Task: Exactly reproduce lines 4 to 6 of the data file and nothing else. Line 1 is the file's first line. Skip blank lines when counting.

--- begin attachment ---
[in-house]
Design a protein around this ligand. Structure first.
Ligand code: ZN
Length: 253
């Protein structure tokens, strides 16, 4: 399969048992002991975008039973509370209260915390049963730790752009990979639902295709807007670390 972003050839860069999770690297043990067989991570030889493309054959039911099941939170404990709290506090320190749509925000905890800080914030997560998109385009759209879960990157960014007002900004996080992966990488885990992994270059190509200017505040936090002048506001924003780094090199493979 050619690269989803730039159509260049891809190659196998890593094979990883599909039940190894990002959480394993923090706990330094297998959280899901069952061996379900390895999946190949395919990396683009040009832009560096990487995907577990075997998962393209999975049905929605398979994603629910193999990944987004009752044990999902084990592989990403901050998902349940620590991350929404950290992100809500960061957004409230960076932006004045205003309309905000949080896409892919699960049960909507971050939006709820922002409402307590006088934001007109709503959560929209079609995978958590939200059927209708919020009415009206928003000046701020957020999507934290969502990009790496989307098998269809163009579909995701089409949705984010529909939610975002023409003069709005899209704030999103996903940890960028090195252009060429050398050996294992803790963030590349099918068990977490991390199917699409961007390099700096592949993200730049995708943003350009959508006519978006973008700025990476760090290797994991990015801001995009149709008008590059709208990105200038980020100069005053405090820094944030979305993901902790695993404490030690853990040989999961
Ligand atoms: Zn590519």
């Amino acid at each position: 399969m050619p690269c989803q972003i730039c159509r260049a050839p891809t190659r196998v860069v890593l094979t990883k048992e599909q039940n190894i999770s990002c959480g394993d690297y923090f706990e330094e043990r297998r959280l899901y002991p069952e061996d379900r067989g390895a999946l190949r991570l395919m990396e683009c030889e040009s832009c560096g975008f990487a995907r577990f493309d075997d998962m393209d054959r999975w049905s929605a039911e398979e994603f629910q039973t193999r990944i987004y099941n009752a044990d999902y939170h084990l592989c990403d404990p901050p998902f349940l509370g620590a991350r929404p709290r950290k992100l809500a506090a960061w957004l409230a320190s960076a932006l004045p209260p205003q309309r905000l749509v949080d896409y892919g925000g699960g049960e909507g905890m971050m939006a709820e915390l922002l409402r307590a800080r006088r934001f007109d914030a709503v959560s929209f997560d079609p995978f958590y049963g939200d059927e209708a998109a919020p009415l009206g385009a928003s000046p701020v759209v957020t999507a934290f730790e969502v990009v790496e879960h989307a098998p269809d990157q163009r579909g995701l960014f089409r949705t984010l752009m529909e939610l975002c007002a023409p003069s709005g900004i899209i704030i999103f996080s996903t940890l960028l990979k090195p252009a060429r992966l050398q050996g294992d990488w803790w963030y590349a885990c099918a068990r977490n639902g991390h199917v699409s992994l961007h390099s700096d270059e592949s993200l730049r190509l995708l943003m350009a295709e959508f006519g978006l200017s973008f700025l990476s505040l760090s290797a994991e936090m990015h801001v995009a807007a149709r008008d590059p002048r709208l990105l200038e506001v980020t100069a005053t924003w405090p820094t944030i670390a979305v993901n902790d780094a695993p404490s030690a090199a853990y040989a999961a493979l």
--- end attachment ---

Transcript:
Length: 253
């Protein structure tokens, strides 16, 4: 399969048992002991975008039973509370209260915390049963730790752009990979639902295709807007670390 972003050839860069999770690297043990067989991570030889493309054959039911099941939170404990709290506090320190749509925000905890800080914030997560998109385009759209879960990157960014007002900004996080992966990488885990992994270059190509200017505040936090002048506001924003780094090199493979 050619690269989803730039159509260049891809190659196998890593094979990883599909039940190894990002959480394993923090706990330094297998959280899901069952061996379900390895999946190949395919990396683009040009832009560096990487995907577990075997998962393209999975049905929605398979994603629910193999990944987004009752044990999902084990592989990403901050998902349940620590991350929404950290992100809500960061957004409230960076932006004045205003309309905000949080896409892919699960049960909507971050939006709820922002409402307590006088934001007109709503959560929209079609995978958590939200059927209708919020009415009206928003000046701020957020999507934290969502990009790496989307098998269809163009579909995701089409949705984010529909939610975002023409003069709005899209704030999103996903940890960028090195252009060429050398050996294992803790963030590349099918068990977490991390199917699409961007390099700096592949993200730049995708943003350009959508006519978006973008700025990476760090290797994991990015801001995009149709008008590059709208990105200038980020100069005053405090820094944030979305993901902790695993404490030690853990040989999961
Ligand atoms: Zn590519």